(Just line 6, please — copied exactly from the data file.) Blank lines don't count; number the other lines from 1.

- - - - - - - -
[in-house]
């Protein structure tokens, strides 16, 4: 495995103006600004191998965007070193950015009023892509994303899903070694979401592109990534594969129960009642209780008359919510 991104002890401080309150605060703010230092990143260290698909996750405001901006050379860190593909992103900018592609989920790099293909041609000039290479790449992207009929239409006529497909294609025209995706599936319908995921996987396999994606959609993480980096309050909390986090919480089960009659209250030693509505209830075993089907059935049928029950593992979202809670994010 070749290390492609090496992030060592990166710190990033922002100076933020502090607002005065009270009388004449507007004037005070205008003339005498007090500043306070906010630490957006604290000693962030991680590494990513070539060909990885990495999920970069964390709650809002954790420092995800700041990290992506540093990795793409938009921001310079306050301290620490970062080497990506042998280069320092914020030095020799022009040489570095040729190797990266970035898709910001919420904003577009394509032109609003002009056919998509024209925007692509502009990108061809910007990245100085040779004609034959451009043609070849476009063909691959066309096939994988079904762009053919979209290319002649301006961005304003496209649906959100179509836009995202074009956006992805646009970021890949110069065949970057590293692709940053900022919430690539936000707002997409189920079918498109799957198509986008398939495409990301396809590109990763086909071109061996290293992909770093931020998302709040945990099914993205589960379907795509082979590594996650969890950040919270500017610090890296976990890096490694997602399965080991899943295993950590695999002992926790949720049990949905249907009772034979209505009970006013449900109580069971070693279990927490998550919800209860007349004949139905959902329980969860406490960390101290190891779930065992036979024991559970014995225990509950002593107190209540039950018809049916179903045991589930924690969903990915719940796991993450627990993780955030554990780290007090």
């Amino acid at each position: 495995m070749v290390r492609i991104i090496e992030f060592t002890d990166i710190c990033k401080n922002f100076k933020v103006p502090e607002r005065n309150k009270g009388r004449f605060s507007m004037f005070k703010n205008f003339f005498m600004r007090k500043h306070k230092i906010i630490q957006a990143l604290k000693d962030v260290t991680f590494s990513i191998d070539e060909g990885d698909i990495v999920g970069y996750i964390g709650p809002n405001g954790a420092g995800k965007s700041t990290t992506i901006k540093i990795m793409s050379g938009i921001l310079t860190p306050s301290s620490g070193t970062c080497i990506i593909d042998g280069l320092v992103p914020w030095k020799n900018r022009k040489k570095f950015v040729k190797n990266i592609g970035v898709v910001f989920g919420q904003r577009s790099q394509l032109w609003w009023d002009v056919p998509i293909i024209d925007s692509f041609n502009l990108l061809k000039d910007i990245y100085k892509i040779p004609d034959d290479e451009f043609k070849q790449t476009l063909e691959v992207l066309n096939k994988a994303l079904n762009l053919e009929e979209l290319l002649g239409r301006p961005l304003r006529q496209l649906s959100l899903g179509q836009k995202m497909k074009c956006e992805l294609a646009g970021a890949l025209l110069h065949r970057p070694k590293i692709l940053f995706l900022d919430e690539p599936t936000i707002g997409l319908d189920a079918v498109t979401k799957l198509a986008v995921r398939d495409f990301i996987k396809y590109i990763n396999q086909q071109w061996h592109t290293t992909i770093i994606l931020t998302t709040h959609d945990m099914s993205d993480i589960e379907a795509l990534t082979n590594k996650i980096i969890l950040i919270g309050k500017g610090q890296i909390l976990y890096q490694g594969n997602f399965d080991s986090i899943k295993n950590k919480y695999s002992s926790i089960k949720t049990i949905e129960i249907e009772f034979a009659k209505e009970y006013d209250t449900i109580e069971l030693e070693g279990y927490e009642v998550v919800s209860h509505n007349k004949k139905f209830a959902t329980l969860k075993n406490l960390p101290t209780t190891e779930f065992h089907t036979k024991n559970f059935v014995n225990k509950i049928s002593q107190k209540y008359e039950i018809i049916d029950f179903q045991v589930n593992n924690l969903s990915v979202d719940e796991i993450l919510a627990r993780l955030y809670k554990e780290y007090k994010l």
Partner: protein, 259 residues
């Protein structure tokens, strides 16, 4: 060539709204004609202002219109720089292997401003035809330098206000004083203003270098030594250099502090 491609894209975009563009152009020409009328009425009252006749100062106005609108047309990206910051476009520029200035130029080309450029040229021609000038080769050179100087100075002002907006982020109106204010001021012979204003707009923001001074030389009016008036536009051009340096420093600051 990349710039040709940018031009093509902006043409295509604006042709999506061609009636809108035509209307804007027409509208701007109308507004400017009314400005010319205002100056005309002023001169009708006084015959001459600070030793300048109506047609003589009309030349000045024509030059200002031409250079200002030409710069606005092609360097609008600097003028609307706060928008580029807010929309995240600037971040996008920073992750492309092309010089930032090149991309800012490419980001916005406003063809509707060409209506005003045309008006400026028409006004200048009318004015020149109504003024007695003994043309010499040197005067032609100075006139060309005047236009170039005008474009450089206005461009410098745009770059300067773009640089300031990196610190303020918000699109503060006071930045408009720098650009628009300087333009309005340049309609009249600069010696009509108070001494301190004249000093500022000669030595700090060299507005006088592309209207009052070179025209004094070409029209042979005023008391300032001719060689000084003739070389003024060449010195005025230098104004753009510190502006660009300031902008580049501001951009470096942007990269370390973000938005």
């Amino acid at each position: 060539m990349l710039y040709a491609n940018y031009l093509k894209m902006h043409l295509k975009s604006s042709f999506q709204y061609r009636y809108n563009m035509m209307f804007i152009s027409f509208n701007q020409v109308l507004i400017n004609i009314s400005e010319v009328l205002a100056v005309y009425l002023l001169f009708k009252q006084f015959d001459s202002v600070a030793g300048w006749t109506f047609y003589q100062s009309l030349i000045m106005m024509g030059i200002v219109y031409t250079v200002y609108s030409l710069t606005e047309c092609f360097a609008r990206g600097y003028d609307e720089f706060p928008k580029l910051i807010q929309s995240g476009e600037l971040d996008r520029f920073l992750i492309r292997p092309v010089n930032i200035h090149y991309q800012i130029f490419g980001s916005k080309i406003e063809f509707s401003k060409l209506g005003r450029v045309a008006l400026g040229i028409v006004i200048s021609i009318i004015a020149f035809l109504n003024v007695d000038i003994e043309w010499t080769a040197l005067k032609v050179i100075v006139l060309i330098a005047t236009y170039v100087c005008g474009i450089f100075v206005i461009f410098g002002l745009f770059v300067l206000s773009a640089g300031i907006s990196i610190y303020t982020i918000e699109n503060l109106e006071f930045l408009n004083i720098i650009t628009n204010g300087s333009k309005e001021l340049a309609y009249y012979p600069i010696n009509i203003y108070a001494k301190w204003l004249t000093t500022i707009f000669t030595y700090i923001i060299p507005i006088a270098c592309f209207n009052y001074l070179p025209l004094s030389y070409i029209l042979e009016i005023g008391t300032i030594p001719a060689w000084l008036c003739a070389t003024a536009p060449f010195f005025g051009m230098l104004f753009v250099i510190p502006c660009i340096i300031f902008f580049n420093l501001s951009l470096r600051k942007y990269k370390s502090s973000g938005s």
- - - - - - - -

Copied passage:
């Amino acid at each position: 060539m990349l710039y040709a491609n940018y031009l093509k894209m902006h043409l295509k975009s604006s042709f999506q709204y061609r009636y809108n563009m035509m209307f804007i152009s027409f509208n701007q020409v109308l507004i400017n004609i009314s400005e010319v009328l205002a100056v005309y009425l002023l001169f009708k009252q006084f015959d001459s202002v600070a030793g300048w006749t109506f047609y003589q100062s009309l030349i000045m106005m024509g030059i200002v219109y031409t250079v200002y609108s030409l710069t606005e047309c092609f360097a609008r990206g600097y003028d609307e720089f706060p928008k580029l910051i807010q929309s995240g476009e600037l971040d996008r520029f920073l992750i492309r292997p092309v010089n930032i200035h090149y991309q800012i130029f490419g980001s916005k080309i406003e063809f509707s401003k060409l209506g005003r450029v045309a008006l400026g040229i028409v006004i200048s021609i009318i004015a020149f035809l109504n003024v007695d000038i003994e043309w010499t080769a040197l005067k032609v050179i100075v006139l060309i330098a005047t236009y170039v100087c005008g474009i450089f100075v206005i461009f410098g002002l745009f770059v300067l206000s773009a640089g300031i907006s990196i610190y303020t982020i918000e699109n503060l109106e006071f930045l408009n004083i720098i650009t628009n204010g300087s333009k309005e001021l340049a309609y009249y012979p600069i010696n009509i203003y108070a001494k301190w204003l004249t000093t500022i707009f000669t030595y700090i923001i060299p507005i006088a270098c592309f209207n009052y001074l070179p025209l004094s030389y070409i029209l042979e009016i005023g008391t300032i030594p001719a060689w000084l008036c003739a070389t003024a536009p060449f010195f005025g051009m230098l104004f753009v250099i510190p502006c660009i340096i300031f902008f580049n420093l501001s951009l470096r600051k942007y990269k370390s502090s973000g938005s």